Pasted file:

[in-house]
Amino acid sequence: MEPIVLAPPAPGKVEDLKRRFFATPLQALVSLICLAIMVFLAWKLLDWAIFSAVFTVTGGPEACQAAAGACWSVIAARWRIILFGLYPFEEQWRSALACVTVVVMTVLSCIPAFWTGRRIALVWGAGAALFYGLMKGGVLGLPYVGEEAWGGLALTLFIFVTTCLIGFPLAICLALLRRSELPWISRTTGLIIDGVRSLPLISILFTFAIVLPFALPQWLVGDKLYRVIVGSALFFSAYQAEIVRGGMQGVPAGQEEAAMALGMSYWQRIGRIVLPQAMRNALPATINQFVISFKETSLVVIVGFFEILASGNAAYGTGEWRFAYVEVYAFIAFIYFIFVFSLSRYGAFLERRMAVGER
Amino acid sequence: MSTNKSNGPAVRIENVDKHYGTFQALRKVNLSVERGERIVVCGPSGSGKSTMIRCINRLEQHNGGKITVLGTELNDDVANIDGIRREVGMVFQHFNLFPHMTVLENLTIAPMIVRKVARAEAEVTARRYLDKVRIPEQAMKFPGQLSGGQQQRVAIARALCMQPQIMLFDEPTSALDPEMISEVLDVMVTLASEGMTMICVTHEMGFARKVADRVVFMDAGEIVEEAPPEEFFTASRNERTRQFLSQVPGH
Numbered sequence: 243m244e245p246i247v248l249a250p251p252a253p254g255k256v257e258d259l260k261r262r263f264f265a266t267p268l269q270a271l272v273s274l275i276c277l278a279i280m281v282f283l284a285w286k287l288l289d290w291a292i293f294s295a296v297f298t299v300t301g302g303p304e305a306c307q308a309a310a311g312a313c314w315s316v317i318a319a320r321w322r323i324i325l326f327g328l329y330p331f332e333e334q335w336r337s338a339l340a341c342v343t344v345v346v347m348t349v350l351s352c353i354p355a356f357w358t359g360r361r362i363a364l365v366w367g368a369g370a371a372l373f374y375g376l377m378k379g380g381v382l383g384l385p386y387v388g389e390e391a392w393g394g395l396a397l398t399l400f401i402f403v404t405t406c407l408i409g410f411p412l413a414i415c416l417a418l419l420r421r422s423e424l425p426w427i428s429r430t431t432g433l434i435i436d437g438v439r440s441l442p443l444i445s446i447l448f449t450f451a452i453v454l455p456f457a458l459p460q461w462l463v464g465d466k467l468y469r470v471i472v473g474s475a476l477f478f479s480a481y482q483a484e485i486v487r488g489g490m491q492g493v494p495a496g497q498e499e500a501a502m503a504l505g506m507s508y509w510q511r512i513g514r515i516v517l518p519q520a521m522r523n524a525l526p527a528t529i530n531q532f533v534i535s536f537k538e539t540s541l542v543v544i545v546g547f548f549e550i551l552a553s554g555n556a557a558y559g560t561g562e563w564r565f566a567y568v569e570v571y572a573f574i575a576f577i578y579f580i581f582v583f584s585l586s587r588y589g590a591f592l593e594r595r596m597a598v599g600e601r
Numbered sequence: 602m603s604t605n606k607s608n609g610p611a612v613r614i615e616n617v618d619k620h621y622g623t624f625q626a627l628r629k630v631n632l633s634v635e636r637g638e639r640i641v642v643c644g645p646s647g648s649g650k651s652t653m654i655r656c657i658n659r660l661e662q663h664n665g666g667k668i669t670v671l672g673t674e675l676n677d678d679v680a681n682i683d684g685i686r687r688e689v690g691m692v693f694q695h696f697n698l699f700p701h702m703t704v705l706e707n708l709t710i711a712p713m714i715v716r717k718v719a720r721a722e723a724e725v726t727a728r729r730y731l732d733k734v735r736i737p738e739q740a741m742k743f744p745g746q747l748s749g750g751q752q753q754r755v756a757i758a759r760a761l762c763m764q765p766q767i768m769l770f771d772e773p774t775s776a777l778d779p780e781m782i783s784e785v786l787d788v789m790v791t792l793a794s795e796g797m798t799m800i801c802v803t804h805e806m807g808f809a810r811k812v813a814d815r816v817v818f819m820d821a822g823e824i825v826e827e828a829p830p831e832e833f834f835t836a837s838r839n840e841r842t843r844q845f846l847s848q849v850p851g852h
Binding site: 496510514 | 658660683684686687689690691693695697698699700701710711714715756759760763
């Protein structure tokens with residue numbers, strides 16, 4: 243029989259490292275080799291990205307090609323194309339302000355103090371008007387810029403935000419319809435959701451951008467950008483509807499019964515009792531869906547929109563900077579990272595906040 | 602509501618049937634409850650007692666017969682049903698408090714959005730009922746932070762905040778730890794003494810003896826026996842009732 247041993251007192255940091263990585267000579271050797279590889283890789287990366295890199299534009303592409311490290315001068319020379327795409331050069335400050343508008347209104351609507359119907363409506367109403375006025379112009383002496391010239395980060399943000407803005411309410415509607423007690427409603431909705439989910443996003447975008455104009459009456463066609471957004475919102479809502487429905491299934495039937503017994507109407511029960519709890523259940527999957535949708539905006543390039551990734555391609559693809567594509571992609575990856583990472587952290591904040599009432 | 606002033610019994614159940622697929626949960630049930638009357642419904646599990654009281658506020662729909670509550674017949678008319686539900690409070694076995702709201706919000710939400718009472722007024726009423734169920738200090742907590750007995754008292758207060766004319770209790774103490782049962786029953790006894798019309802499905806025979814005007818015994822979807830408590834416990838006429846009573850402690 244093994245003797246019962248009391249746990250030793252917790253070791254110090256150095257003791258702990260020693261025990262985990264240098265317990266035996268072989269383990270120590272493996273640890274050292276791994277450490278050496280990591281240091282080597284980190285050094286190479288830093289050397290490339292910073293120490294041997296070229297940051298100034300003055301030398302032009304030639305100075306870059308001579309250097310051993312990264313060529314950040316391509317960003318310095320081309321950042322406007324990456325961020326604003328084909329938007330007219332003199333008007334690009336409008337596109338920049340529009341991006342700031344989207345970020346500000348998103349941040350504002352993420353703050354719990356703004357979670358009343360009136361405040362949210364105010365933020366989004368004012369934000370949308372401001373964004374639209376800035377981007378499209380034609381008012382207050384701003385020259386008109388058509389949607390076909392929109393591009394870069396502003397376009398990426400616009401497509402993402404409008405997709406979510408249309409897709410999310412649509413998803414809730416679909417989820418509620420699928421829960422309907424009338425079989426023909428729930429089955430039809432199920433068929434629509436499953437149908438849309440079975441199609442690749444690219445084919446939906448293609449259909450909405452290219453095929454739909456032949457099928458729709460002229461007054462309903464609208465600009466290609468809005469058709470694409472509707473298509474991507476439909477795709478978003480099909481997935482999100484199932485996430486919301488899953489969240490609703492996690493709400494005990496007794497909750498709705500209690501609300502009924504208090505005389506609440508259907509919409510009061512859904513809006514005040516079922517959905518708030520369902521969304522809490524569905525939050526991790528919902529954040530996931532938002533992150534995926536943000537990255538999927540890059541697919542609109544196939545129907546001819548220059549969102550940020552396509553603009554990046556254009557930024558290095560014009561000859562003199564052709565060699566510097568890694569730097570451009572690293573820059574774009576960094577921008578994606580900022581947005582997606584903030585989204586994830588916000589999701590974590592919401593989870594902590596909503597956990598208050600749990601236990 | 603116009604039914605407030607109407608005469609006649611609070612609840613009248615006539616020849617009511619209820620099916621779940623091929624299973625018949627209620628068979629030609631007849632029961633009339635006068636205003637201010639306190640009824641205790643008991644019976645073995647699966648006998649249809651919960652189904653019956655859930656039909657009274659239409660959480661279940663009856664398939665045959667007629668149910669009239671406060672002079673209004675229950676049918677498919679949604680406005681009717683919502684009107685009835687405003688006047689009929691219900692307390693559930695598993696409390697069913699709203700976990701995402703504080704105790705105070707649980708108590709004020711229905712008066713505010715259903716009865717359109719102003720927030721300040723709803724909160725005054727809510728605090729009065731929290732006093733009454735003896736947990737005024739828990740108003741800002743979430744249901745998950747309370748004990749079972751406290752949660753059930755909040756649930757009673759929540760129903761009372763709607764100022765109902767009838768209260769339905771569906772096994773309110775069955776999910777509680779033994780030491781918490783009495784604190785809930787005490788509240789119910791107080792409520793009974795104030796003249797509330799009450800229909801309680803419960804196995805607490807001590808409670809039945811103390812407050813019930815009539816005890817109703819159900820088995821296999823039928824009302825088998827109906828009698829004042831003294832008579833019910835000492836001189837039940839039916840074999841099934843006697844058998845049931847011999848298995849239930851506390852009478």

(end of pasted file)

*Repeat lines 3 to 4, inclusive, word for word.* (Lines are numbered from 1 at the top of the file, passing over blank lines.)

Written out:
Amino acid sequence: MSTNKSNGPAVRIENVDKHYGTFQALRKVNLSVERGERIVVCGPSGSGKSTMIRCINRLEQHNGGKITVLGTELNDDVANIDGIRREVGMVFQHFNLFPHMTVLENLTIAPMIVRKVARAEAEVTARRYLDKVRIPEQAMKFPGQLSGGQQQRVAIARALCMQPQIMLFDEPTSALDPEMISEVLDVMVTLASEGMTMICVTHEMGFARKVADRVVFMDAGEIVEEAPPEEFFTASRNERTRQFLSQVPGH
Numbered sequence: 243m244e245p246i247v248l249a250p251p252a253p254g255k256v257e258d259l260k261r262r263f264f265a266t267p268l269q270a271l272v273s274l275i276c277l278a279i280m281v282f283l284a285w286k287l288l289d290w291a292i293f294s295a296v297f298t299v300t301g302g303p304e305a306c307q308a309a310a311g312a313c314w315s316v317i318a319a320r321w322r323i324i325l326f327g328l329y330p331f332e333e334q335w336r337s338a339l340a341c342v343t344v345v346v347m348t349v350l351s352c353i354p355a356f357w358t359g360r361r362i363a364l365v366w367g368a369g370a371a372l373f374y375g376l377m378k379g380g381v382l383g384l385p386y387v388g389e390e391a392w393g394g395l396a397l398t399l400f401i402f403v404t405t406c407l408i409g410f411p412l413a414i415c416l417a418l419l420r421r422s423e424l425p426w427i428s429r430t431t432g433l434i435i436d437g438v439r440s441l442p443l444i445s446i447l448f449t450f451a452i453v454l455p456f457a458l459p460q461w462l463v464g465d466k467l468y469r470v471i472v473g474s475a476l477f478f479s480a481y482q483a484e485i486v487r488g489g490m491q492g493v494p495a496g497q498e499e500a501a502m503a504l505g506m507s508y509w510q511r512i513g514r515i516v517l518p519q520a521m522r523n524a525l526p527a528t529i530n531q532f533v534i535s536f537k538e539t540s541l542v543v544i545v546g547f548f549e550i551l552a553s554g555n556a557a558y559g560t561g562e563w564r565f566a567y568v569e570v571y572a573f574i575a576f577i578y579f580i581f582v583f584s585l586s587r588y589g590a591f592l593e594r595r596m597a598v599g600e601r